It is sometimes easy for us to forget about the sensitivity and emotional complexity of boys, and to mistakenly believe they are hearty enough to weather the inevitable cruelties of their peers and the world. This simplistic notion is echoed in John Mayer’s song “Daughters.” After chronicling the way a girl can be hurt, he notes the difference for boys:
“Boys you can break/you find out how much they can take/ Boys will be strong/ and boys soldier on..”
While boys will be ‘gone without the warmth of a good woman’, there is little emphasis on how boys, by their own very nature and in their relationship with other boys and men, have the capacity and right to be vulnerable!
It is wonderful that we have focused in on helping girls deal with ‘mean girls’ and with empowering them not to feel like the ‘odd girl out.’ Unfortunately, boys experiences have often been easily neglected. By failing to hone in on this important aspect of a boy’s psychology, we not only do boys a disservice, but we also miss the boat in treating them with the kind of empathy that will truly help them become strong. Fortunately, this doesn’t need to be a zero-sum game: we can empower, support, and celebrate girls as we do so for boys as well. Isn’t that what equality truly is about after all?
Recent research by neuroscientist Allan N. Schore found that because boys develop slower neurologically–physically, socially, and linguistically–they have less tools to regulate and negotiate emotions and relationships. As a result, they actually require more empathic support than girls, and greatly benefit from the kind of attention and care that we often fail to provide. This completely flies in the face of the ‘boy’s don’t cry’ mentality that has often dominated the way we have approached our little men. And while we’ve come a long way with respects to toughening up our boys (See Pollack’s Real Boys), by neglecting to take the time to notice how boys might be affected by mean behavior, we may be failing them in subtle but profound ways.
It is crucial to encourage and applaud boys for talking about and exploring their feelings with us, especially when they feel they have been mistreated. We need to make sure boys get the message that they have the right to feel hurt and angry. Just as important, they need to know that they aren’t alone in dealing with these issues, and that they don’t have to feel burdened by the obligation to be self-sufficient and invincible.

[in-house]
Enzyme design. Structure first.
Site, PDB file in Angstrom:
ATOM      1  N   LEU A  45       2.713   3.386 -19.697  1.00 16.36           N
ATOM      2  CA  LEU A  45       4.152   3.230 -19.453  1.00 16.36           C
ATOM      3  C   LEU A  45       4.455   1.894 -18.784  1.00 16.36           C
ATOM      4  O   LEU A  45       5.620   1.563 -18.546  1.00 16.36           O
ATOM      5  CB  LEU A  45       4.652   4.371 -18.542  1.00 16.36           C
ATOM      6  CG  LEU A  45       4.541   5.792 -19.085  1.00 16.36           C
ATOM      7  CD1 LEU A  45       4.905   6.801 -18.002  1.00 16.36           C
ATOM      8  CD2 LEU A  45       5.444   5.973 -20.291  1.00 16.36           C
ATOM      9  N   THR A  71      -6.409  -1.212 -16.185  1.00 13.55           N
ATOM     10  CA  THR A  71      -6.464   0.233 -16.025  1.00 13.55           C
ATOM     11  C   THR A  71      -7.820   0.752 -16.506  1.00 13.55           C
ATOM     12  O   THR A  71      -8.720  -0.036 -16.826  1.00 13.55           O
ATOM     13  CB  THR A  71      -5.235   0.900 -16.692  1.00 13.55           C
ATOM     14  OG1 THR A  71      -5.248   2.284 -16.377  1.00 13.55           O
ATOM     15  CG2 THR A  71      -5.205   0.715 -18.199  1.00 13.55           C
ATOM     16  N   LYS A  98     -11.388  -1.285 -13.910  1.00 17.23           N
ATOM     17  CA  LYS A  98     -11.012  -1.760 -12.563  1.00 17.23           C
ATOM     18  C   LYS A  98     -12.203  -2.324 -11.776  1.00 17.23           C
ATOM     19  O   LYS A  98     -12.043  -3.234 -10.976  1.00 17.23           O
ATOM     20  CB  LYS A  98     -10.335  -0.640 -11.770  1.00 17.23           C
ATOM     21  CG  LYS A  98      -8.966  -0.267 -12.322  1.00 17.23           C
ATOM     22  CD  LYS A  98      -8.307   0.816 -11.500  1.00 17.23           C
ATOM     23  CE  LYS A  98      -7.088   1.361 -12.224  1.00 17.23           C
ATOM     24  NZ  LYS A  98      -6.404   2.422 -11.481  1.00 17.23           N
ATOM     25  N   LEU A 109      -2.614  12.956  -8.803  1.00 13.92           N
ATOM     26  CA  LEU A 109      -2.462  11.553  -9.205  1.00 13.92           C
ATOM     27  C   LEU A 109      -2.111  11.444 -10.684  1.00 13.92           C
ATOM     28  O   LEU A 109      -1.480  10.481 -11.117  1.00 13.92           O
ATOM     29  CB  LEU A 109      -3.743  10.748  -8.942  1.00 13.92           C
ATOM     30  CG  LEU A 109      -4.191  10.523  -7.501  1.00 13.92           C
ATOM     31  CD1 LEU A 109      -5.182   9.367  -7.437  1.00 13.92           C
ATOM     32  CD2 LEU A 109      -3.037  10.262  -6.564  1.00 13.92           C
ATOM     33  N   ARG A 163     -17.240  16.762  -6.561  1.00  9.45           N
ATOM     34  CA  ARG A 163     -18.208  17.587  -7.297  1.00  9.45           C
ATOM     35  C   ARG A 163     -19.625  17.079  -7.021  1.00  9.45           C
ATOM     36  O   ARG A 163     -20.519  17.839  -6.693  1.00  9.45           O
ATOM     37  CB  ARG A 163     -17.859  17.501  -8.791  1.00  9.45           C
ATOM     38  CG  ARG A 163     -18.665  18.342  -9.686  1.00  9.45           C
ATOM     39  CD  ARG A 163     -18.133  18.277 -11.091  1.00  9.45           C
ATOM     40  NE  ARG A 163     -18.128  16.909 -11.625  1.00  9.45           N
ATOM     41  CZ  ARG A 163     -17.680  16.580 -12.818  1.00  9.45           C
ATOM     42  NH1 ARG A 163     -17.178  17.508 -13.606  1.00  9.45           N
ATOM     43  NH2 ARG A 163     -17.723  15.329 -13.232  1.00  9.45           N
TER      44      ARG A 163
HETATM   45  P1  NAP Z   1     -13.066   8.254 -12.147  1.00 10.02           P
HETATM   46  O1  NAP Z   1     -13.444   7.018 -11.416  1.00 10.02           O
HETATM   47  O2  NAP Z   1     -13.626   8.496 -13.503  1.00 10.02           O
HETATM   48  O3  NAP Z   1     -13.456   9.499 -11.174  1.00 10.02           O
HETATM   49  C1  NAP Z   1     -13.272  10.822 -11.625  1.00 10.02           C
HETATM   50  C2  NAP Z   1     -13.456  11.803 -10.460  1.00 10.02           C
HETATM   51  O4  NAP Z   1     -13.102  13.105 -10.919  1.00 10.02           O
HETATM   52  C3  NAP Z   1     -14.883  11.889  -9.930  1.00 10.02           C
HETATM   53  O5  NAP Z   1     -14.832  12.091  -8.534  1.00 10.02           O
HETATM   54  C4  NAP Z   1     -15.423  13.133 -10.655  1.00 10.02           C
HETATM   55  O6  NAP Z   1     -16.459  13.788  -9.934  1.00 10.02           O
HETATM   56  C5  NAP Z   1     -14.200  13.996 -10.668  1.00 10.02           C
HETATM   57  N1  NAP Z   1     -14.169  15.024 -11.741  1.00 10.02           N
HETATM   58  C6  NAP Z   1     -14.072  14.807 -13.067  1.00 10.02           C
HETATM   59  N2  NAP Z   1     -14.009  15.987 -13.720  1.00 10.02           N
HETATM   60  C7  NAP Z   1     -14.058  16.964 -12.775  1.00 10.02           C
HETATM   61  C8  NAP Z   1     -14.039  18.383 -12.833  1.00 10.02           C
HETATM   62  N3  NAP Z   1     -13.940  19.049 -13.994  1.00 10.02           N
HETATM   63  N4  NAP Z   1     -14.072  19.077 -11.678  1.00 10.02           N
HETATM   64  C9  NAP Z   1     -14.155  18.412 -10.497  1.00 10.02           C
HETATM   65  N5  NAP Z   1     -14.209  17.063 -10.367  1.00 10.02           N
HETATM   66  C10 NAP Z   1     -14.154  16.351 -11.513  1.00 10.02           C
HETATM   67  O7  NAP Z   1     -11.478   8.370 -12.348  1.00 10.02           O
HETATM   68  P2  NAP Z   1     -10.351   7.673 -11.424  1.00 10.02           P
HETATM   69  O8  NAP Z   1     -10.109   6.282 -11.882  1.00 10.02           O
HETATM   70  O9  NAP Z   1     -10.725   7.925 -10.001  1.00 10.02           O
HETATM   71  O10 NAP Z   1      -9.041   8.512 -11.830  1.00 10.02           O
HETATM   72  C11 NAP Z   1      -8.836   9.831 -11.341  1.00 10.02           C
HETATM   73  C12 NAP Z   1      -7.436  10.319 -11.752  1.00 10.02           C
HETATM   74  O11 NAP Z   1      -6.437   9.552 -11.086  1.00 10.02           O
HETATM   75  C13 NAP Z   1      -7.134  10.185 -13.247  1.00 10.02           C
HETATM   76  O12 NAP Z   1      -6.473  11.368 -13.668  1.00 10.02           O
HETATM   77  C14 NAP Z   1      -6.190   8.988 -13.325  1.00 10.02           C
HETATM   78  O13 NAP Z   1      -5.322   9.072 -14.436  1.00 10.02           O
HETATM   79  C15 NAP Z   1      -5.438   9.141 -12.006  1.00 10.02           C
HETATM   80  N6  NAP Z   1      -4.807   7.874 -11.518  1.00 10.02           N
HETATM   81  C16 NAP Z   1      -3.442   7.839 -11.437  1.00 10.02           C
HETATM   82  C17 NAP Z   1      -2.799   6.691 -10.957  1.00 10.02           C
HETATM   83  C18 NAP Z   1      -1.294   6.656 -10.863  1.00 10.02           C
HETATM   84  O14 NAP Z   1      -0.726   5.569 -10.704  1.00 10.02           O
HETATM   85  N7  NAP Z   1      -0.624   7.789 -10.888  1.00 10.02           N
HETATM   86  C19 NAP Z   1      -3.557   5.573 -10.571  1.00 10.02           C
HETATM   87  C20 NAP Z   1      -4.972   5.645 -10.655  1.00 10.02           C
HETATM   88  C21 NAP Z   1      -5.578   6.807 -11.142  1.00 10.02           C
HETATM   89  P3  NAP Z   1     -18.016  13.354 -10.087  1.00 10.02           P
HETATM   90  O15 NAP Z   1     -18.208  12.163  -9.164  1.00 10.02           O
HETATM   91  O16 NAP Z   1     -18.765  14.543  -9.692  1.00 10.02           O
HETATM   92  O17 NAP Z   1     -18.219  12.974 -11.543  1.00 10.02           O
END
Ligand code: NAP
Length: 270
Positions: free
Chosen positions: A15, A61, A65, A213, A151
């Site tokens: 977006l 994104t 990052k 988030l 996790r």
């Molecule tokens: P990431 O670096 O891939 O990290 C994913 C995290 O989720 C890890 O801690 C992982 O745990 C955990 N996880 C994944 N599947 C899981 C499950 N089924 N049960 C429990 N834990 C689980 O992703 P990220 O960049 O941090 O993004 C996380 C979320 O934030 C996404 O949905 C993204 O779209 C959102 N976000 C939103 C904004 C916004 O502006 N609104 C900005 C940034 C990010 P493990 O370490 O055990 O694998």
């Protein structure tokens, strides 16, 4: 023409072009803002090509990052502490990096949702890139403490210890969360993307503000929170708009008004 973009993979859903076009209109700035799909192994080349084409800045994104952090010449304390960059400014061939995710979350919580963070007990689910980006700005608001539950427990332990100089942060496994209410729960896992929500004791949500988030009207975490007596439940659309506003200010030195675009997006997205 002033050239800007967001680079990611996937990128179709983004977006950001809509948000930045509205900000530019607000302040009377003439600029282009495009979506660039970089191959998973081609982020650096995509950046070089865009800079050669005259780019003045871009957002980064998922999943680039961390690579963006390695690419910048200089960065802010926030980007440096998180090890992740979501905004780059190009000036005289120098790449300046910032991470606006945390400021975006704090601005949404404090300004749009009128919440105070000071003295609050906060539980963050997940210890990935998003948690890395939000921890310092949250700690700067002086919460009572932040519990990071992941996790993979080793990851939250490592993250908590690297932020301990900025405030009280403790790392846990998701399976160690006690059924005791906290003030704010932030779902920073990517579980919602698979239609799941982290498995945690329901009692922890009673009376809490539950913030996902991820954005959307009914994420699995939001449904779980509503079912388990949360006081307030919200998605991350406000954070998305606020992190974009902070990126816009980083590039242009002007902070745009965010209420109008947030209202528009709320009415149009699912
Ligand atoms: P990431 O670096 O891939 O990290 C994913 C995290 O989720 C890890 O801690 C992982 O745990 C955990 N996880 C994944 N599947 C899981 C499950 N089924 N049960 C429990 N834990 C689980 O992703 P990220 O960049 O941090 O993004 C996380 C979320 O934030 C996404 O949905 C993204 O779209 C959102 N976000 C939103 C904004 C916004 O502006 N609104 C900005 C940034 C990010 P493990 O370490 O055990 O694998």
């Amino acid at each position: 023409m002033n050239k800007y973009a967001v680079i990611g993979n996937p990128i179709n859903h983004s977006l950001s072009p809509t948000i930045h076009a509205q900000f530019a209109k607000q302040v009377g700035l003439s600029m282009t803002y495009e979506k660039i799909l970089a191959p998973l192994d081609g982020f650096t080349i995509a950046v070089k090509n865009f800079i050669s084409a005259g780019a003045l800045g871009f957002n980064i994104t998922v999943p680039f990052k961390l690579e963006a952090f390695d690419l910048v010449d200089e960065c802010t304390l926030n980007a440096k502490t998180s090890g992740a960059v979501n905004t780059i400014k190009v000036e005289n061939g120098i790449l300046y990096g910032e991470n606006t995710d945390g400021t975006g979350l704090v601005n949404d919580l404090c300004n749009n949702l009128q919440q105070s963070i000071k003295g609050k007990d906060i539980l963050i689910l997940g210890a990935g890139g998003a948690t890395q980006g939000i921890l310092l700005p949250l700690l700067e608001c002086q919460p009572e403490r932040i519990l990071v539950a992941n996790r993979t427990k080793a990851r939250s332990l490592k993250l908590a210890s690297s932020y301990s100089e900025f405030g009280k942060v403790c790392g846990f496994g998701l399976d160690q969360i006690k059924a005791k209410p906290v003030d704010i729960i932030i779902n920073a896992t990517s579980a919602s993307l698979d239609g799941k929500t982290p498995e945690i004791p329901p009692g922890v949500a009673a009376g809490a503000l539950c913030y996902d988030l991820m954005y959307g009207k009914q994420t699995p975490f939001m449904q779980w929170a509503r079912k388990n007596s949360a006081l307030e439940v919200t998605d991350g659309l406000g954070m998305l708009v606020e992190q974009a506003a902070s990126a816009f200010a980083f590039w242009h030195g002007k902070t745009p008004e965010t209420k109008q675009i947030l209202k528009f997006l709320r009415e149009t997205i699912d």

Boys also deserve to feel supported and empowered to stand up to their bullies and be supported in finding a way to do this with true strength and integrity. Why is this topic so important and crucial now? Boys often get very mixed messages about the balance of being strong and vulnerable, and many of them are confused by the conflicting models out there today and the shifting landscape of gender dynamics. By empathizing with boys who have been hurt or mistreated and helping them to find constructive and empowered ways of negotiating this, we help them to become more three-dimensional and more fully human.
It is so important to do this from within the framework of valuing boys and men as an essential and beautiful part of our culture. As a result of longstanding disparities and downright individual and collective trauma, it is sometimes easy to forget how to approach from this more neutral and positive framework.
Unfortunately and very understandably, boys can sometimes be approached from an ‘original sin’ mentality, one that presumes that they are somehow, from the start, prone to problematic, sinful, or oppressive behavior. I believe that while we need to be aware of these propensities in anybody, regardless of demographic, it is crucial to level the playing field, and allow our boys to be viewed from a framework of openness, love, and genuine possibility.
I once remember hearing a quote by Margaret Atwood that said something to the effect that woman will achieve equality when they are allowed to be as bad as men. This was revolutionary in allowing women to have greater latitude to explore aspects of their character that were heretofore viewed as problematic, sinful, or inappropriate. I think that the converse applies here with boys. If boys can be allowed to be as emotionally sensitive as girls–to have the freedom and latitude to explore, express, and examine their emotional vulnerability–then, maybe, just maybe we will have truly achieved equality!
Michael Alcee, PhD is a clinical psychologist and a new dad that works in private practice in Tarrytown, NY. He specializes in college counseling and the psychology of men. You can find out more about him at his LinkedIn page or at drmichaelalcee.com.